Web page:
Skip to navigationSkip to content

Photos: What the sky should look like without light pollution

"Strolls in the Star River" in the Bolivian Salar de Uyuni by Caren Zhao
Caren Zhao / TWAN 2015
“Strolls in the Star River” by Caren Zhao.
By Maria Sanchez Diez
Published Last updated This article is more than 2 years old.

In polluted cities around the world, it’s a struggle to see the stars in our night skies. And it’s that struggle that The World at Night’s 6th International Earth and Sky Photo Contest tries to highlight, showing us images of how the world would look if we controlled light pollution.

The photography contest started in 2009 as an attempt to promote the night sky as a natural good that should be conserved and protected. The World at Night is a volunteer effort operating under Astronomers Without Borders, a US nonprofit focused on fostering interest in astronomy, in collaboration with the National Optical Astronomy Observatory.

The criteria for the contest is simple: Photographers must combine both the the Earth and the sky and pay “special attention” to astronomical perspectives and celestial phenomena.

In this year’s competition, participants submitted more than 1,000 images from 54 different countries. Here are some of the winners:

Eric Nathan‘s photograph of Cape Town’s emblematic Table Mountain won the overall contest and the “Against the Lights” category. The picture, called Star Trails Above Table Mountain, was taken with a stack of over 900 30-second exposures, according to the author.

Eric Nathan / TWAN 2015
“Star Trails Above Table Mountain”

The Enchanted Forest, by Lyubov Trifonova won the first prize in the “Beauty of the Night Sky” category. It shows the northern lights in Murmansk, Russia.

Lyubov Trifonova / TWAN 2015
“The Enchanted Forest”

Moonlit Darklings, an image of Mount Rainier in Washington under the moonlight and the reflection of the Milky Way, won Brad Goldpaint second prize in the “Beauty” category.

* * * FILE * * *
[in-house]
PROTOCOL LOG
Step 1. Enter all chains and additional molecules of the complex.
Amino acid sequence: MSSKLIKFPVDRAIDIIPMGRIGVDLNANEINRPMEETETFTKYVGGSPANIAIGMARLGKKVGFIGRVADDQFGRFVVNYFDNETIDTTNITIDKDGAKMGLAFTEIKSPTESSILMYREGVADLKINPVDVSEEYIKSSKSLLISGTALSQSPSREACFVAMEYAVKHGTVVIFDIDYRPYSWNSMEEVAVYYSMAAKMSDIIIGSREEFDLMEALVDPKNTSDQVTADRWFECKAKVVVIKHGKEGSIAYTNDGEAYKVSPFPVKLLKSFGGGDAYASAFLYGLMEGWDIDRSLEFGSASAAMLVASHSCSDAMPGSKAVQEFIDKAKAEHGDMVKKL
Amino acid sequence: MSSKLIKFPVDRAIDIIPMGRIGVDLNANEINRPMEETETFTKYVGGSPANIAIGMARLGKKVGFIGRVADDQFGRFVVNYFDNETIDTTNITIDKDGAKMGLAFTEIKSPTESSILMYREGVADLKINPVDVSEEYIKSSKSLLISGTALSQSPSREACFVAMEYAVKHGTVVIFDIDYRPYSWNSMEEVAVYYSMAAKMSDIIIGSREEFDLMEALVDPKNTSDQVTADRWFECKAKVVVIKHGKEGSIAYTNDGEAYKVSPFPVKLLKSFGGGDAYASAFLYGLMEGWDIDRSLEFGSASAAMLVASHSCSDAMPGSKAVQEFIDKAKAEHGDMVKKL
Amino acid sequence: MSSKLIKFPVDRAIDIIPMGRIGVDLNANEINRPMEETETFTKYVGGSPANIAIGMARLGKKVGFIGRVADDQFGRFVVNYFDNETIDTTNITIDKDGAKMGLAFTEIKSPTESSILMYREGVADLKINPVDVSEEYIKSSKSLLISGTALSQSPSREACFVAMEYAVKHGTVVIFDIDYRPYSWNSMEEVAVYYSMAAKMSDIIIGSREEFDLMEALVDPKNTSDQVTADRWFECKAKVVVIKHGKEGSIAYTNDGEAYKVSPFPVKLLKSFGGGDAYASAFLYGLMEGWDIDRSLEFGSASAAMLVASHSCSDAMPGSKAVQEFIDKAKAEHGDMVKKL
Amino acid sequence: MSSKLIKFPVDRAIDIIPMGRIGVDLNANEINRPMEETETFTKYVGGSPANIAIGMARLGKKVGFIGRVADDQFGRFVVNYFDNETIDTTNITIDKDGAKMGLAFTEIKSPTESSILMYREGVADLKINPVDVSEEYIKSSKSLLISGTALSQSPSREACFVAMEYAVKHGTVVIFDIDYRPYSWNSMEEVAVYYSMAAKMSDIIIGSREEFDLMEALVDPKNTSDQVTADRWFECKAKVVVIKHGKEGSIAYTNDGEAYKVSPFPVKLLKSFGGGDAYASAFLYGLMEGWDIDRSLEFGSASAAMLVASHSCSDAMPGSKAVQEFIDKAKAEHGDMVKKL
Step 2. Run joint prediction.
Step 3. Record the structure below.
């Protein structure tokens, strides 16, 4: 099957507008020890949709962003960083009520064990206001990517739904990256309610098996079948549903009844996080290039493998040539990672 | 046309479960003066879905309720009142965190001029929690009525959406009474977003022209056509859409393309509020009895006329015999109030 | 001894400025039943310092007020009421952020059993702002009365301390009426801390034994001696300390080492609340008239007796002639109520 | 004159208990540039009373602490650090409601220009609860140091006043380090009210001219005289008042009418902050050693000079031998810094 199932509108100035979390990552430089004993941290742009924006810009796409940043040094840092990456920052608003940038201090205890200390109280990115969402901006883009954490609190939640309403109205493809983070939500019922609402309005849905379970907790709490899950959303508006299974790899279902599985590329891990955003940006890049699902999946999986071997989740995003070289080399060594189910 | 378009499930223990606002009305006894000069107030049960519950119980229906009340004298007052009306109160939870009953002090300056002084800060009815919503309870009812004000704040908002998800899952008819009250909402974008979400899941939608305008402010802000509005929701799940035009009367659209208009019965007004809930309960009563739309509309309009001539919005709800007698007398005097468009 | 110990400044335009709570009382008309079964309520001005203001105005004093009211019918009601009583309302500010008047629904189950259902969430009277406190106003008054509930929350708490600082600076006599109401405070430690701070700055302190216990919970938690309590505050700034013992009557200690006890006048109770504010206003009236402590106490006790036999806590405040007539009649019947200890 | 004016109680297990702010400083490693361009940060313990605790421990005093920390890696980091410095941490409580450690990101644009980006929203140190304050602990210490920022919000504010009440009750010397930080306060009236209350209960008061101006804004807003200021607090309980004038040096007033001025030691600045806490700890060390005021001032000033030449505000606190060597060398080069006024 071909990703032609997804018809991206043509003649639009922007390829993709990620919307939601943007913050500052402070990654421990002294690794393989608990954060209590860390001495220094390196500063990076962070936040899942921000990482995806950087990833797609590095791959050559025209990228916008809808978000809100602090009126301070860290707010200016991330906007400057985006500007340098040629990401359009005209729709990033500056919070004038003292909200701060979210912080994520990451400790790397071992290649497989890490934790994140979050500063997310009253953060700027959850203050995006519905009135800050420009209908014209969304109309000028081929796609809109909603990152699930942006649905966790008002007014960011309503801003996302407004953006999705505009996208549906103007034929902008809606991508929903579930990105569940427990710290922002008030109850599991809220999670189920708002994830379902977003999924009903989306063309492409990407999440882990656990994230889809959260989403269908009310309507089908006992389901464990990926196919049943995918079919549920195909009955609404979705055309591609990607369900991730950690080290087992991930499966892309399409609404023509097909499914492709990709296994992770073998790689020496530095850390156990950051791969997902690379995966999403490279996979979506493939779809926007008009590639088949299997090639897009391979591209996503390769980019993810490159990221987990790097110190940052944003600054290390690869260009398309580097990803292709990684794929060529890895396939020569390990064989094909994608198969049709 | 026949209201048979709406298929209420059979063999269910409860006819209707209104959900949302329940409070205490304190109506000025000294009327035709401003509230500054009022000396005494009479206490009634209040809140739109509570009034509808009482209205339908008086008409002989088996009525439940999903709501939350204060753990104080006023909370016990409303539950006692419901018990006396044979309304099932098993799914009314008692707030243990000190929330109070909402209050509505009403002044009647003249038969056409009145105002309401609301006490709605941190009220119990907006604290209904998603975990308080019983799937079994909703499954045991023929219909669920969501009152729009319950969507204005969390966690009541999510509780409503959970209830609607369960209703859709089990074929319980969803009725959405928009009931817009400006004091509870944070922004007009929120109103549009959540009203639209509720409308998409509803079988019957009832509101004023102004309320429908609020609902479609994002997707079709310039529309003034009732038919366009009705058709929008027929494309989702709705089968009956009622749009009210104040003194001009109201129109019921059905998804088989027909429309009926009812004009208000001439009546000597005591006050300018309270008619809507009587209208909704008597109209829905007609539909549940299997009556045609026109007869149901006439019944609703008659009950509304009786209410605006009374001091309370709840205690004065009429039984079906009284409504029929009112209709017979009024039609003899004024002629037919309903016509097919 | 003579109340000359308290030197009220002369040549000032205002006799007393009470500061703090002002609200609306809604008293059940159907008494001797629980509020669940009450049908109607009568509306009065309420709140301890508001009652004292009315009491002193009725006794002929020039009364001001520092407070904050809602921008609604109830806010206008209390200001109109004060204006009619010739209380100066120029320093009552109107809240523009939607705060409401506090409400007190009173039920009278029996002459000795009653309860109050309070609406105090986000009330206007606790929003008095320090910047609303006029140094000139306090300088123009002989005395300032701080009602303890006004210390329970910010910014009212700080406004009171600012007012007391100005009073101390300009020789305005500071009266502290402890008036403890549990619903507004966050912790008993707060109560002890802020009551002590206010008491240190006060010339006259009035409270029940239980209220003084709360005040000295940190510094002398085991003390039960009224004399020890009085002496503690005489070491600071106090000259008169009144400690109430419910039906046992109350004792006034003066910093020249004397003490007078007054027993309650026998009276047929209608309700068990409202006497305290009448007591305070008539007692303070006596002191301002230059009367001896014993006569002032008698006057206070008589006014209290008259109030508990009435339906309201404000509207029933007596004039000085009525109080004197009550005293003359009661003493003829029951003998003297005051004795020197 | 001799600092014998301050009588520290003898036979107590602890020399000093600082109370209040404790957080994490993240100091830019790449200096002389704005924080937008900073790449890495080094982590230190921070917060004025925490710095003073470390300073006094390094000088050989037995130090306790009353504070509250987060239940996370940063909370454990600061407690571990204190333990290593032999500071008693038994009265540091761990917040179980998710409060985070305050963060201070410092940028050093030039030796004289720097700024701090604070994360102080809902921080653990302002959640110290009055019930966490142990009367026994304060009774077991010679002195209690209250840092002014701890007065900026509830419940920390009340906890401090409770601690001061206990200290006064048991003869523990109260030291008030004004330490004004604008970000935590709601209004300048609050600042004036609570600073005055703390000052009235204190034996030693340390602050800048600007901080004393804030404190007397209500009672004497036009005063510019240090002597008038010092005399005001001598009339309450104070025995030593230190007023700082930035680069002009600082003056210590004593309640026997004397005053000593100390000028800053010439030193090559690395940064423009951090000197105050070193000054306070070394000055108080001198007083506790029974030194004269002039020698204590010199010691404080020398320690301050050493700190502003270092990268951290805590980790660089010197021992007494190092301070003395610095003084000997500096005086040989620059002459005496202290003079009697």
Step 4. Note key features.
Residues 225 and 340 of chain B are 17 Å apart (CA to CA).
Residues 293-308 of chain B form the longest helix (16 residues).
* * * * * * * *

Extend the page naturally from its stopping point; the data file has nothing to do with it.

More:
Brad Goldpaint / TWAN 2015
“Moonlit Darklings”

Evgeny Trisko‘s image Above the Light Pollution, shows another reflection of the Milky Way, this one over the Peak Terskol Observatory in the Mount Elbrus of Caucasus Mountains in Russia. It won the second prize in the “Lights” category.

Evgeny Trisko / TWAN 2015
“Above the Light Pollution”

This panoramic image of a Crater Lake National Park in Oregon and the crescent moon was taken by Ben Coffman on a winter morning and it is called A Raising of the Hackles. It won third prize in the “Beauty of the Night Sky” category.

Ben Coffman / TWAN 2015
“A Raising of the Hackles”

Blood Moon Rises Over Chongqing captures the progress of a lunar eclipse over the Yangtze River, in China. Zhou Yannan won the third prize in the “Against the Light” category.

Zhou Yannan / TWAN 2015
“Blood Moon Rises Over Chongqing”

This panoramic of how the aurora borealis spreads from Reykjavik (in the right of the image) to the town of Keflavik (in the left) won the fourth prize in the “Beauty of Night Sky” category. The Dome is by Sigurdur William Brynjarsson.

Sigurdur William Brynjarsson / TWAN 2015
“The Dome”

Malaysian photographer Hui Chieh Teoh turned his lens on the volcanos in the Bromo Tengger Semeru National Park of East Java in Indonesia for Star Trails over Bromo, which won fourth place in the “Against the Lights” category.

Hui Chieh Teoh / TWAN 2015
“Star Trails over Bromo”

A solitary figure stands amid the immensity of the Salar de Uyuni in Bolivia, with the arc of the Milky Way in the background, in Caren Zhao’Strolls in the Star Rover, which won fifth place in “Beauty of the Night Sky” category.

Caren Zhao / TWAN 2015
“Strolls in the Star Rover”

Above and Underneath, an image of the night sky and the clouds over the illuminated cities below in the Russian region of Stavropol is another Evgeny Trisko image awarded fifth place in the “Against the Lights” category.

Evgeny Trisko / TWAN 2015
“Above and Underneath”

You can see more stunning images of the night sky in The World at Night site and in this video.

📬 Kick off each morning with coffee and the Daily Brief (BYO coffee).

By providing your email, you agree to the Quartz Privacy Policy.